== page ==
“Device” and “divide” are etymological cousins; a good dramatic device often divides characters from what's “really” going on.
The etymological origin of this epithet is already lost in obscurity.
Their etymological origin is in any case the same as if they were nicknames.
The etymological meaning of Rokuro-Kubi can scarcely be indicated by any English rendering.
This is somewhat of a new departure in etymological dictionaries.
The etymological evidence thus leaves the matter open, with a slight balance in favour of there having been a forceps.
There is really no etymological connection between the two names.
These contradictions are, unfortunately, rather the rule than the exception in the etymological interpretation of myths.
India had her etymological and her legendary school of mythology.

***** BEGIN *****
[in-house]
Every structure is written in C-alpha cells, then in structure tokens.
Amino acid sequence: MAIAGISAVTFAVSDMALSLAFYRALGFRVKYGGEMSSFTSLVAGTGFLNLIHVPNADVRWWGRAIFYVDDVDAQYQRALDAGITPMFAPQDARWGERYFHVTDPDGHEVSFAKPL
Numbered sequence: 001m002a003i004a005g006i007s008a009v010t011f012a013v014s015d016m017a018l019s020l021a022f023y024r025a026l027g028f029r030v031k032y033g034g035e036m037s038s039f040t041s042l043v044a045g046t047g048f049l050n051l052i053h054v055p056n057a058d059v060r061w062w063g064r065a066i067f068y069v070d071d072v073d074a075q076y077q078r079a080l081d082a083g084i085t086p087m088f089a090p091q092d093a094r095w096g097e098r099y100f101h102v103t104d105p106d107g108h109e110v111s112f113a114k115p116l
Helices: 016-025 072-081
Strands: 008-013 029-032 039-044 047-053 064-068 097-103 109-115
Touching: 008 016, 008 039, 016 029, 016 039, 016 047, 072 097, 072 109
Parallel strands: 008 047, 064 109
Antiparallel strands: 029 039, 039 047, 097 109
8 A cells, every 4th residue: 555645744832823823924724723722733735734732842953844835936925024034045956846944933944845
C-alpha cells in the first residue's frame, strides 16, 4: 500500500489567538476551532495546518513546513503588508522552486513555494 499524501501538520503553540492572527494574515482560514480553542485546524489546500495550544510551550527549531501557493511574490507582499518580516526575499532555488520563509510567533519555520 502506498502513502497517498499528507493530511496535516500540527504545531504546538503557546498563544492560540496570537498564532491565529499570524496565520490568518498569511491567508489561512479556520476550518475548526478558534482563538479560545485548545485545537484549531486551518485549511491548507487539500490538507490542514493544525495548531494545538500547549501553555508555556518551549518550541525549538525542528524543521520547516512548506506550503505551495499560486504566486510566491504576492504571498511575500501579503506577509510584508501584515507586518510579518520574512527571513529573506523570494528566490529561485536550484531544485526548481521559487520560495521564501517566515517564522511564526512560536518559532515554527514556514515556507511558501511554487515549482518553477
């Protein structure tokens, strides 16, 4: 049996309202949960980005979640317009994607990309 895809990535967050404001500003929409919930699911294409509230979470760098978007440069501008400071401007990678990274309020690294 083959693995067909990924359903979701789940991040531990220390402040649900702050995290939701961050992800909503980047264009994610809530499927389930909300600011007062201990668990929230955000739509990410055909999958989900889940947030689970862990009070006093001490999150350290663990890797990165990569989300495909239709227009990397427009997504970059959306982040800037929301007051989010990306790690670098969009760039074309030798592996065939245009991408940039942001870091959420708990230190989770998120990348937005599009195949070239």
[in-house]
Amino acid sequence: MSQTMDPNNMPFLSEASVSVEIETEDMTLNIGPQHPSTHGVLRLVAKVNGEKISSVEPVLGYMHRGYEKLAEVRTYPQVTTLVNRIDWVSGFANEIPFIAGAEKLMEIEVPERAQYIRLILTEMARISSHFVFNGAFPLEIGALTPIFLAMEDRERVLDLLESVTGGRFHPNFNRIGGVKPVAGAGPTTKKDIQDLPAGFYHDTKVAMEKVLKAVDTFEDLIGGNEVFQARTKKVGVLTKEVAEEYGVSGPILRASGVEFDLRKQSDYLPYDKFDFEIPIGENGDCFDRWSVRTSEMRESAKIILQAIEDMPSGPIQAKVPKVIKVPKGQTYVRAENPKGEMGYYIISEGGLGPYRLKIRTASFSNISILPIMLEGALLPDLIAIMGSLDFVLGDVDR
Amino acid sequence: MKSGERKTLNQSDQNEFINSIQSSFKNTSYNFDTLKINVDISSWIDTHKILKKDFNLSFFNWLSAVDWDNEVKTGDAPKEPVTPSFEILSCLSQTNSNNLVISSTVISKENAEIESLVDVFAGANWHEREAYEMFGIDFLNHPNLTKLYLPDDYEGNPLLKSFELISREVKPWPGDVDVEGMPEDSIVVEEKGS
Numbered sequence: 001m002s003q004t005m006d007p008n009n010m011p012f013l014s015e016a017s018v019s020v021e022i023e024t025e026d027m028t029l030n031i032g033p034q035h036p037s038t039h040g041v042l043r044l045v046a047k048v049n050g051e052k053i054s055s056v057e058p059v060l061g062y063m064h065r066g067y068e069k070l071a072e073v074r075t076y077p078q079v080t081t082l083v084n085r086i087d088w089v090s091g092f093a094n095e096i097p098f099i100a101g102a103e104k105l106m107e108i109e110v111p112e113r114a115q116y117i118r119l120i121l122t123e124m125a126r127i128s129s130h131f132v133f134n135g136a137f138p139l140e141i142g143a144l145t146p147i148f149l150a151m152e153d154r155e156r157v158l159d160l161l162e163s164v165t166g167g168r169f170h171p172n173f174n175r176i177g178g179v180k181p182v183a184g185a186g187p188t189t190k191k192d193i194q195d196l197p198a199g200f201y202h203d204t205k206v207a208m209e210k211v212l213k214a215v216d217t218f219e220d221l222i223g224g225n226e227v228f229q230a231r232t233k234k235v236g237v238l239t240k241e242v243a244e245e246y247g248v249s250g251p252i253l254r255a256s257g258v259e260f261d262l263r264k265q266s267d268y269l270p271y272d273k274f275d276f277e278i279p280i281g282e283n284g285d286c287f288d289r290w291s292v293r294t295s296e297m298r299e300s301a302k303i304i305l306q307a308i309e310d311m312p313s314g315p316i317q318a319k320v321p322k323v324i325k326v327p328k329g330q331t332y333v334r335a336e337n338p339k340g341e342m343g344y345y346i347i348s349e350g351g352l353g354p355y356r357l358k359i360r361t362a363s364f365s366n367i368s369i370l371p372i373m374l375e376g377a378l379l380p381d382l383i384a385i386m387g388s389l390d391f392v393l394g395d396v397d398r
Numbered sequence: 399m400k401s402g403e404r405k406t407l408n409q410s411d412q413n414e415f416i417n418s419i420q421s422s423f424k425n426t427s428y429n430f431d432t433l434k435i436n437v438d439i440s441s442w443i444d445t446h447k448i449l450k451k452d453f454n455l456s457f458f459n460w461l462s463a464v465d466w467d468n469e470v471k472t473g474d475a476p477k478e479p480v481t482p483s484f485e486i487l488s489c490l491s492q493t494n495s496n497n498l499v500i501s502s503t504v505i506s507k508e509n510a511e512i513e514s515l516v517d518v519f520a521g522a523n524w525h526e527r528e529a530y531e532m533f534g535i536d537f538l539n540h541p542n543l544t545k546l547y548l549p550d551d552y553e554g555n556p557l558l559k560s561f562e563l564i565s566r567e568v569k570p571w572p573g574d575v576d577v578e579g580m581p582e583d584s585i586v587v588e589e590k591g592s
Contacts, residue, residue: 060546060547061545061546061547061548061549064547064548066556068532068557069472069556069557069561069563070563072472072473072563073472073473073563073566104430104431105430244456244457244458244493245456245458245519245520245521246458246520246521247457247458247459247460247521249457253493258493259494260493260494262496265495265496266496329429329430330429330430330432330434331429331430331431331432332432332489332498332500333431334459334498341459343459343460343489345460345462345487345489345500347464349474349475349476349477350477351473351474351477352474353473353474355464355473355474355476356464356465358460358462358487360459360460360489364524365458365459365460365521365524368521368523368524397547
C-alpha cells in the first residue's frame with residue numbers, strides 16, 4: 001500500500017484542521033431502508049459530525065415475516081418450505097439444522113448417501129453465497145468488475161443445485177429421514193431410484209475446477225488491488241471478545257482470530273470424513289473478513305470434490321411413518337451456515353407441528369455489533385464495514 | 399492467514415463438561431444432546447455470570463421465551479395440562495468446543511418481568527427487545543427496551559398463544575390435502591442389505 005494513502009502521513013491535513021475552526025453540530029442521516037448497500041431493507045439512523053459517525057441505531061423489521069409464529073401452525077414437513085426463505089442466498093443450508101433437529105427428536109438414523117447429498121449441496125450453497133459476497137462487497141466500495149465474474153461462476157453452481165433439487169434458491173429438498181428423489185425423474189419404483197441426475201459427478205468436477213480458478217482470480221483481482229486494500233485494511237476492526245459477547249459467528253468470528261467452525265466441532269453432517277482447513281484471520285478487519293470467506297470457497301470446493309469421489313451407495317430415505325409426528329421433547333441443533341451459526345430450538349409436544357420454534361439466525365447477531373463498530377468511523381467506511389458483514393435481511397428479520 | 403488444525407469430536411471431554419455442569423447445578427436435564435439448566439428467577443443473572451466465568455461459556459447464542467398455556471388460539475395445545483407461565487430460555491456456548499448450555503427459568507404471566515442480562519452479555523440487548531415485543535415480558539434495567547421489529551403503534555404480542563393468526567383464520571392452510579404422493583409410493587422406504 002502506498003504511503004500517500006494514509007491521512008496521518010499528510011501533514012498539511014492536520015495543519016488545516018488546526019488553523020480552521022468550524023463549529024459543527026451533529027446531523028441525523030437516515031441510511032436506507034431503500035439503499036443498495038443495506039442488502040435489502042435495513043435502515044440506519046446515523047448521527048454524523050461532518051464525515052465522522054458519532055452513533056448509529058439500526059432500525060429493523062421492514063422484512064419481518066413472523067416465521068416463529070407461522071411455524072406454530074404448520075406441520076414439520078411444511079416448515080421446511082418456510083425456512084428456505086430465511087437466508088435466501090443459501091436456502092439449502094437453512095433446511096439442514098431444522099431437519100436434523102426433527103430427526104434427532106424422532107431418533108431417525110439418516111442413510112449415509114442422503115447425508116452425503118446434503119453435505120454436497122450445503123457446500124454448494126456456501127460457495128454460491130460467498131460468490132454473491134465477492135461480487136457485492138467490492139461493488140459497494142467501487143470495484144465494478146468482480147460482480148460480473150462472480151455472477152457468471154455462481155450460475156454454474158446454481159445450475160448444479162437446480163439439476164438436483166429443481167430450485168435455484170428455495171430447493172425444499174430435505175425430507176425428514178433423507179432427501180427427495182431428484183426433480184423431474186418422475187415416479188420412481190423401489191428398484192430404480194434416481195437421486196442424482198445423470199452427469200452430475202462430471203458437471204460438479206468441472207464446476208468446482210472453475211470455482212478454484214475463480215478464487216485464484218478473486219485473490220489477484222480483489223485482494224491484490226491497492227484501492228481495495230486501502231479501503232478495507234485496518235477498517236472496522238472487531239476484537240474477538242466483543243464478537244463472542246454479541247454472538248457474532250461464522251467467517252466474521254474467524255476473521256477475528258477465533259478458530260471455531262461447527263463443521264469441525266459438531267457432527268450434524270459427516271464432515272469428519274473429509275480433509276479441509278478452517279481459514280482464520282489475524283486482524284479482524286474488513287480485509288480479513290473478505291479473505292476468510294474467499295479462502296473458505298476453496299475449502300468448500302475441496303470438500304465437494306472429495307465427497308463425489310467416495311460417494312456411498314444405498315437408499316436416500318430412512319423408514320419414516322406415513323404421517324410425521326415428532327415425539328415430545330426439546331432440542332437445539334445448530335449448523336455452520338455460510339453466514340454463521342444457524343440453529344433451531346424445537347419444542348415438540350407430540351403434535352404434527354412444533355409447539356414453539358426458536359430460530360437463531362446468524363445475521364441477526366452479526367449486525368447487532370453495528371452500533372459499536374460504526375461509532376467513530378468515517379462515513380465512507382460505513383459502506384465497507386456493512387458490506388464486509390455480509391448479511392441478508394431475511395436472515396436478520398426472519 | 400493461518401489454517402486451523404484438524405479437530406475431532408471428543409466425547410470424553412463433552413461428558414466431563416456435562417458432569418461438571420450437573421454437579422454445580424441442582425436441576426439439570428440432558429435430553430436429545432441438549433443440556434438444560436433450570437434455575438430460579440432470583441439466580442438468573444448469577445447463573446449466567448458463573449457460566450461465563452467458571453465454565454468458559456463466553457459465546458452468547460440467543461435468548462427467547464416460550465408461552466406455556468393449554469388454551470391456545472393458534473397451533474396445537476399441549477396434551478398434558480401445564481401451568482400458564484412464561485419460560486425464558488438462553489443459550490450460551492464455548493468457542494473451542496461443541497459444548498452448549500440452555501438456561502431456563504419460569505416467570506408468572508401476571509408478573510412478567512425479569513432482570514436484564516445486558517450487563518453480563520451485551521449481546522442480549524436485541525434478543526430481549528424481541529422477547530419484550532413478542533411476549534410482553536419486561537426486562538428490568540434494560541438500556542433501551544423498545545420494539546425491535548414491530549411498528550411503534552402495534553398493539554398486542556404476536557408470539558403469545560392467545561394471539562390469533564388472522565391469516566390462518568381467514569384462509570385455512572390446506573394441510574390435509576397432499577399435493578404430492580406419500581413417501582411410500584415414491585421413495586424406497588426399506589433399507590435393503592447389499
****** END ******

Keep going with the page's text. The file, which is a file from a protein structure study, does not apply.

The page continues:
We use the word sceptical in its etymological sense: it was an age of inquiry, of doubt to be resolved.
late 14c., ethimolegia "facts of the origin and development of a word," from Old French et(h)imologie (14c., Modern French étymologie), from Latin etymologia, from Greek etymologia, properly "study of the true sense (of a word)," from etymon "true sense" (neuter of etymos "true, real, actual," related to eteos "true") + -logia "study of, a speaking of" (see -logy).
In classical times, of meanings; later, of histories. Latinized by Cicero as veriloquium. As a branch of linguistic science, from 1640s. Related: Etymological; etymologically.